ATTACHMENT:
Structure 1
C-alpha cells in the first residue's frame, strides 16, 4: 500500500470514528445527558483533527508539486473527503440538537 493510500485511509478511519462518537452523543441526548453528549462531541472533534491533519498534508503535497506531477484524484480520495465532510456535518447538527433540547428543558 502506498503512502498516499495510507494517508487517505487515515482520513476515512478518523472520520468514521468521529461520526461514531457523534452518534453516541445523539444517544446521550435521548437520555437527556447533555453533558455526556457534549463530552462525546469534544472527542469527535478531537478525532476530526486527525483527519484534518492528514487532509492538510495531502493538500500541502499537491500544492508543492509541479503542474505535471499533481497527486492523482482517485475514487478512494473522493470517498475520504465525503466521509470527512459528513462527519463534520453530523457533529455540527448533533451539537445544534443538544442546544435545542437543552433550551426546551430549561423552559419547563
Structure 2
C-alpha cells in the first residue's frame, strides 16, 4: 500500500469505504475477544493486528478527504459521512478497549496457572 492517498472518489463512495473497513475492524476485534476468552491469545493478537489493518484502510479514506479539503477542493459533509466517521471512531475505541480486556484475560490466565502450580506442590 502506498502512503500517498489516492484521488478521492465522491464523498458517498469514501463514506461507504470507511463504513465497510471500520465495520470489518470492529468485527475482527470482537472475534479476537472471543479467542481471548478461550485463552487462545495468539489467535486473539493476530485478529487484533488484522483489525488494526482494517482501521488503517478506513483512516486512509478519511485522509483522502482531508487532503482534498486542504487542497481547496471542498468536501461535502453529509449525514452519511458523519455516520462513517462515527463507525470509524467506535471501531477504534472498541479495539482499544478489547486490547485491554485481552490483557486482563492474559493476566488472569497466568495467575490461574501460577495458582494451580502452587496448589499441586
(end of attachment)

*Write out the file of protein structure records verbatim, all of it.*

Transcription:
Structure 1
C-alpha cells in the first residue's frame, strides 16, 4: 500500500470514528445527558483533527508539486473527503440538537 493510500485511509478511519462518537452523543441526548453528549462531541472533534491533519498534508503535497506531477484524484480520495465532510456535518447538527433540547428543558 502506498503512502498516499495510507494517508487517505487515515482520513476515512478518523472520520468514521468521529461520526461514531457523534452518534453516541445523539444517544446521550435521548437520555437527556447533555453533558455526556457534549463530552462525546469534544472527542469527535478531537478525532476530526486527525483527519484534518492528514487532509492538510495531502493538500500541502499537491500544492508543492509541479503542474505535471499533481497527486492523482482517485475514487478512494473522493470517498475520504465525503466521509470527512459528513462527519463534520453530523457533529455540527448533533451539537445544534443538544442546544435545542437543552433550551426546551430549561423552559419547563
Structure 2
C-alpha cells in the first residue's frame, strides 16, 4: 500500500469505504475477544493486528478527504459521512478497549496457572 492517498472518489463512495473497513475492524476485534476468552491469545493478537489493518484502510479514506479539503477542493459533509466517521471512531475505541480486556484475560490466565502450580506442590 502506498502512503500517498489516492484521488478521492465522491464523498458517498469514501463514506461507504470507511463504513465497510471500520465495520470489518470492529468485527475482527470482537472475534479476537472471543479467542481471548478461550485463552487462545495468539489467535486473539493476530485478529487484533488484522483489525488494526482494517482501521488503517478506513483512516486512509478519511485522509483522502482531508487532503482534498486542504487542497481547496471542498468536501461535502453529509449525514452519511458523519455516520462513517462515527463507525470509524467506535471501531477504534472498541479495539482499544478489547486490547485491554485481552490483557486482563492474559493476566488472569497466568495467575490461574501460577495458582494451580502452587496448589499441586